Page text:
Axiological Asymmetry and Anti-Natalism (Revised)

[This is a revised version of an article I wrote a few months ago and posted here. The changes were made after I read a rebuttal of it written by Francois Tremblay here. Despite the considerable revisions (particularly in the ‘Refutation’ section), my amendments don’t alter my original argument, which I think remains unchanged, but were necessary to clear up a few ambiguities and clarify certain points. I have noted my changes in blue]

I recently listened to a podcast on Sam Harris’ website in which he discusses anti-natalism (the view that it is morally wrong to have children) with David Benatar. You can find the podcast here. The core of Benatar’s argument rests on what he calls axiological asymmetry, a concept much easier to explain than the name might at first suggest. In this article, I will outline axiological asymmetry but argue that it doesn’t lead to anti-natalism.

 

The Argument

Axiology is nothing more than the study of value so axiological asymmetry refers to an asymmetry in our values. Specifically, Benatar argues the following:

It is uncontroversial to say that
1) The presence of pain is bad
and that
2) The presence of pleasure is good

 However, such symmetrical evaluation does not seem to apply to the absence of pain and pleasure, for it strikes me [that is, Benatar] as true that

3) The absence of pain is good even if that good is not enjoyed by anyone,
whereas
4) The absence of pleasure is not bad unless there is somebody for whom that absence is a deprivation.[1]

Since (3), then the absence of pain associated with any currently unconceived child must be accorded good. Since (4), then the absence of pleasure associated with any currently unconceived child must not be bad. The conclusion is that it is better not to conceive any child.

 

‘Good’ and ‘Bad’

For Benatar, there is an asymmetry between the absence of pain and pleasure. I think this is false and the reason is that Benatar is equivocating on the words “good” and “bad” in (3) and (4) respectively.

Let me begin with a brief digression into the different ways we use the words “good” and “bad”. Consider the following four statements:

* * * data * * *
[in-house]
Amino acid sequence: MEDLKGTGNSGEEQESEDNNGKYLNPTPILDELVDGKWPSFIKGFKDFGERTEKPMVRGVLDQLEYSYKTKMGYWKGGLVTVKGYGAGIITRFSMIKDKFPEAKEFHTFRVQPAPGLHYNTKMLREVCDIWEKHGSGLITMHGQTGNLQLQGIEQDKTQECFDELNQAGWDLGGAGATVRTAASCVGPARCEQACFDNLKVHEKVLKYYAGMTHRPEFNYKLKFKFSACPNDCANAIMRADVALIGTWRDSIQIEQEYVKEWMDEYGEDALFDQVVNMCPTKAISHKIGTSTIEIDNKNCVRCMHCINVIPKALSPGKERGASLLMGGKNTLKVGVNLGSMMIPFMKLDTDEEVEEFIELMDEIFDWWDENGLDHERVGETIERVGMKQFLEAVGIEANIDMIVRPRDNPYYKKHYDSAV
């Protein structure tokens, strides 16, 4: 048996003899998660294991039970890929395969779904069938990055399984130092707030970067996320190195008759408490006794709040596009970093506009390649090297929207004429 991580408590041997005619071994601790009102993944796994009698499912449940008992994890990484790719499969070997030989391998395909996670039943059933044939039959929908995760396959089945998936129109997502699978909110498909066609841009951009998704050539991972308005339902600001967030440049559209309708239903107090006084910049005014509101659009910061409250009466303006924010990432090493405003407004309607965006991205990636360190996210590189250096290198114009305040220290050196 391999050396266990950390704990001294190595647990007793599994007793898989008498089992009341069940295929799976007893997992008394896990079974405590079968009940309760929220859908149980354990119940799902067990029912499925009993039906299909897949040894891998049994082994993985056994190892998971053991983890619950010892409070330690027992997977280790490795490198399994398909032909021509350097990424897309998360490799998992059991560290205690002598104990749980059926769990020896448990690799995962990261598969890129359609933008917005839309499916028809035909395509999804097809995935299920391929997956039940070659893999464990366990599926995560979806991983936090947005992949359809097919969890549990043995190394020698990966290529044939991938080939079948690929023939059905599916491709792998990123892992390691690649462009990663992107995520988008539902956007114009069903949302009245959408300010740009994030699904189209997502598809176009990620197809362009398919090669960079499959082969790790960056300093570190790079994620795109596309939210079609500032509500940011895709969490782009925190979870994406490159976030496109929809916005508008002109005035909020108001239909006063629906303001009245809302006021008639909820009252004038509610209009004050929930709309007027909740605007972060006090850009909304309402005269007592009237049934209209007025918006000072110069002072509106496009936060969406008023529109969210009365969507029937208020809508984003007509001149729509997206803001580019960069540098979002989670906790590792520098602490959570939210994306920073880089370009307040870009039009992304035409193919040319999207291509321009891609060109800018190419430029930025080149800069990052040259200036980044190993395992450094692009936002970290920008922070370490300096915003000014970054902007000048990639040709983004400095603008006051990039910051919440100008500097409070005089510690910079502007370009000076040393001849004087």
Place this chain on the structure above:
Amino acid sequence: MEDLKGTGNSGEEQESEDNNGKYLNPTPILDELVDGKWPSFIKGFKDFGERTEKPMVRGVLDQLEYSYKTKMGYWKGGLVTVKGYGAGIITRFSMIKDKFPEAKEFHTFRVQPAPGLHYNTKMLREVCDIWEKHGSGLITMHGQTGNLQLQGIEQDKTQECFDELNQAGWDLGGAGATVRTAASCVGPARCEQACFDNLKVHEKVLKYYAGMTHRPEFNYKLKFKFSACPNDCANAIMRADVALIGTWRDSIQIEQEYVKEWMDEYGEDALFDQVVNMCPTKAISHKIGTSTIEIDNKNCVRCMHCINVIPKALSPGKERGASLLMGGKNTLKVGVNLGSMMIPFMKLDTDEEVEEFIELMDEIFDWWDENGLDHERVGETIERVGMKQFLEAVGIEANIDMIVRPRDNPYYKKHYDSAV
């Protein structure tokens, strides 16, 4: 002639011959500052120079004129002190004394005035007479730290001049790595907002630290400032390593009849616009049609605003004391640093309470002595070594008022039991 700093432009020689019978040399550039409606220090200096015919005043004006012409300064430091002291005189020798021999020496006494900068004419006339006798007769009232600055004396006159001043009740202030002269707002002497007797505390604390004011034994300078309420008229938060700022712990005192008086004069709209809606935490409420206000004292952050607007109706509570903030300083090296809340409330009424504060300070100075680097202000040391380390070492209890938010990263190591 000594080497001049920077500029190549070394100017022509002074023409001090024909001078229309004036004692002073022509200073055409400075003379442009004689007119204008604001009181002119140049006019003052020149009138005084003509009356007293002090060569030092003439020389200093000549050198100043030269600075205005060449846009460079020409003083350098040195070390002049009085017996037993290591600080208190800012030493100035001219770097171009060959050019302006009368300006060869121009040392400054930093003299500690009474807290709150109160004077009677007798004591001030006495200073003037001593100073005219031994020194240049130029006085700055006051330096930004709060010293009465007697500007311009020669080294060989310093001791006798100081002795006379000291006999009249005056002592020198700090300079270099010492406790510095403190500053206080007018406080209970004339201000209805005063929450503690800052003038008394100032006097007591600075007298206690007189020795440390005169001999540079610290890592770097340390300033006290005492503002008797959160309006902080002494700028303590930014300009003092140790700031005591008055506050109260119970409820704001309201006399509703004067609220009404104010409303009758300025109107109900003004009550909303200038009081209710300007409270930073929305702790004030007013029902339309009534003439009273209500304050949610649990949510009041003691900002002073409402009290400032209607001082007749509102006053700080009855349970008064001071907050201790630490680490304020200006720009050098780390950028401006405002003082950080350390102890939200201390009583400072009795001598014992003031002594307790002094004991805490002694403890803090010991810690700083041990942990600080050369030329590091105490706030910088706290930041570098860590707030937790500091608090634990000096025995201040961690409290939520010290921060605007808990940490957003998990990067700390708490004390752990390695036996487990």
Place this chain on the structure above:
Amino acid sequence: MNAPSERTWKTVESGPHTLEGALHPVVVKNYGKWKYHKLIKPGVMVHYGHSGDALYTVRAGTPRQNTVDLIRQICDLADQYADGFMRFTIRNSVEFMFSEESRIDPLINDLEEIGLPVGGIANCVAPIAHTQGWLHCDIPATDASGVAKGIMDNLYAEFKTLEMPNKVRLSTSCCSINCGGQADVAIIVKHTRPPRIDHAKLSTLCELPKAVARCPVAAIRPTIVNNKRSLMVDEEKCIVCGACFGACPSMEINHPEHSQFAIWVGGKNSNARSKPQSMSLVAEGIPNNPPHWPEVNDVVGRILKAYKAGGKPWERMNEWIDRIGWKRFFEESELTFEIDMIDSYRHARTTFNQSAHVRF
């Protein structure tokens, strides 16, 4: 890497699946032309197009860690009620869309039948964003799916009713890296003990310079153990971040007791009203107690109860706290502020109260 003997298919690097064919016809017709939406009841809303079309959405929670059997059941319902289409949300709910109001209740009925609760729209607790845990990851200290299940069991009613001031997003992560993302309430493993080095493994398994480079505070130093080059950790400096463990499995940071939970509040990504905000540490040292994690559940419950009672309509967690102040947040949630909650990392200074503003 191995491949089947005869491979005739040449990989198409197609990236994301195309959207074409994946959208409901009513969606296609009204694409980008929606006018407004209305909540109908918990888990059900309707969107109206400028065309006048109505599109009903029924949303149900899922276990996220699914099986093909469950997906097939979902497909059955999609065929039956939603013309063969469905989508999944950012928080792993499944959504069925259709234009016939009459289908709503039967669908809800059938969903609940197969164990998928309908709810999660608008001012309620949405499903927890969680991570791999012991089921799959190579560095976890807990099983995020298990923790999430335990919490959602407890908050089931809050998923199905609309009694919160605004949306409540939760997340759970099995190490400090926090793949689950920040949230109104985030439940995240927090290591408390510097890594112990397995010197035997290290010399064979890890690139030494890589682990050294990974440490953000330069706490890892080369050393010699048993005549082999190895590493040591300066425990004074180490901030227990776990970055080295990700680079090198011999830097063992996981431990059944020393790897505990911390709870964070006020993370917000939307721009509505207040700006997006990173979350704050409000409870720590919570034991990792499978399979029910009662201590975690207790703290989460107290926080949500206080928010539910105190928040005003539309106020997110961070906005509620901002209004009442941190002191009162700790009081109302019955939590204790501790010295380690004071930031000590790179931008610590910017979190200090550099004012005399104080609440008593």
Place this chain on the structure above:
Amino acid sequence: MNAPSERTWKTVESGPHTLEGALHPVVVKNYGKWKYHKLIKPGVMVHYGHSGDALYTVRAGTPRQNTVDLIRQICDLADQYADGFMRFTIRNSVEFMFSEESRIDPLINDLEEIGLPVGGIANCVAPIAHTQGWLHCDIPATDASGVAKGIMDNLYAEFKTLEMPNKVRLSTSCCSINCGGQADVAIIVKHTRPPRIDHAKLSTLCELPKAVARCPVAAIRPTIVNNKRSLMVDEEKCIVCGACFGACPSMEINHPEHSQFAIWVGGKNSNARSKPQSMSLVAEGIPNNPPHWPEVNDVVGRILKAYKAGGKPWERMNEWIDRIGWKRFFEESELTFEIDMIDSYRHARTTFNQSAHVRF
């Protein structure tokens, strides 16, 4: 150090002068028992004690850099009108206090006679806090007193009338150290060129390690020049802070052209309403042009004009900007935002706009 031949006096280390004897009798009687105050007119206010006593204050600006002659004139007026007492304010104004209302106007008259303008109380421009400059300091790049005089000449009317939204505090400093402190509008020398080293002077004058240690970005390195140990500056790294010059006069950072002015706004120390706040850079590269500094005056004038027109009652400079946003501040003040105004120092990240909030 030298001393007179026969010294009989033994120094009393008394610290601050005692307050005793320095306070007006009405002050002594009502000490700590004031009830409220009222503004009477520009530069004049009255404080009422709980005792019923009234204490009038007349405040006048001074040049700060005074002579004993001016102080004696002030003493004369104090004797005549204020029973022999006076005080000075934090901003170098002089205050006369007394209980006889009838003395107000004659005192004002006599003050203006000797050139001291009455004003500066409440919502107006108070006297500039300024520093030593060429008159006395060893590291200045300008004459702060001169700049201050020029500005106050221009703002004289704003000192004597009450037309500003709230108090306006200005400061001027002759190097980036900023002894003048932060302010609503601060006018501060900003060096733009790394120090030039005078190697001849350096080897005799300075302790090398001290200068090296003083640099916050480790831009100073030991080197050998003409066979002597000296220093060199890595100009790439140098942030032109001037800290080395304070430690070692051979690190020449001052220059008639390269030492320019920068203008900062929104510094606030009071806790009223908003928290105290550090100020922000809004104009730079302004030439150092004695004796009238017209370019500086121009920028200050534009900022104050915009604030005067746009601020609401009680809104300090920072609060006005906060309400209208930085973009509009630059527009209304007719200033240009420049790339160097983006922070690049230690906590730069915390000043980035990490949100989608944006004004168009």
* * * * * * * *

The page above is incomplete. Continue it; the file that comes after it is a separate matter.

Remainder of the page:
(A)    It’s (a) good (thing) that I arrived in time to catch the bus.

         It’s (a) bad (thing) that I missed the bus.

 (B)   It’s good to tell the truth.

         It’s bad to steal.   

 Clearly the propositions in (A) are doing nothing more than expressing a preference, the satisfaction or frustration of a desire/goal, emphasised by the additional words in brackets. They aren’t telling us anything about morality or the fact that arriving early to catch buses is good, in itself. The propositions in (B), on the other hand, are explicit moral pronouncements designed to be universal and therefore completely independent of any individual’s desires/goals.

One way to see the difference between the two is to look at the language we use when discussing morality. If something is morally bad, we label it ‘wrong’, or in extreme cases, ‘evil’. So saying, ‘stealing is bad’, is equivalent to saying, ‘stealing is wrong’. On the other hand, we would never say, “It’s wrong that I missed my bus.” Missing my bus is bad but in a completely different way. The difference is the explicit ethical dimension to the latter.

These two different senses of ‘good’ and ‘bad’ can be summarised thus:

(A)    ‘Good’ as            “the satisfaction of an individual’s desires/goals”

          ‘Bad’   as            “the frustration of an individual’s desires/goals”

(B)    ‘Good’ as            “right”

          ‘Bad’   as            “wrong”

 

Refutation

Let’s put this information to use by considering how we are supposed to read the words ‘good’ and ‘bad’ in Benatar’s (1) and (2). Are they moral pronouncements (concerning right and wrong) or preferential ones (relating to the satisfaction/frustration of an individual’s desires)? I argue that they are the latter. Why? Because the presence/absence of pain and pleasure just isn’t the kind of thing that is morally bad or good.

If feeling pain were a moral bad in the same way that stealing is a moral bad, it would make sense to say, ‘feeling pain is wrong’ in the same way that we say, ‘stealing is wrong’. The former doesn’t work because we understand that pain (like pleasure) is just a human experience. It is neither right (good) nor wrong (bad), in and of itself. We would also look slightly askance at someone who claimed that feeling sadness was ‘bad’, as in ‘wrong’. It clearly isn’t, although it is bad as the frustration of an individual’s desires/goals (assuming people generally want to experience joy).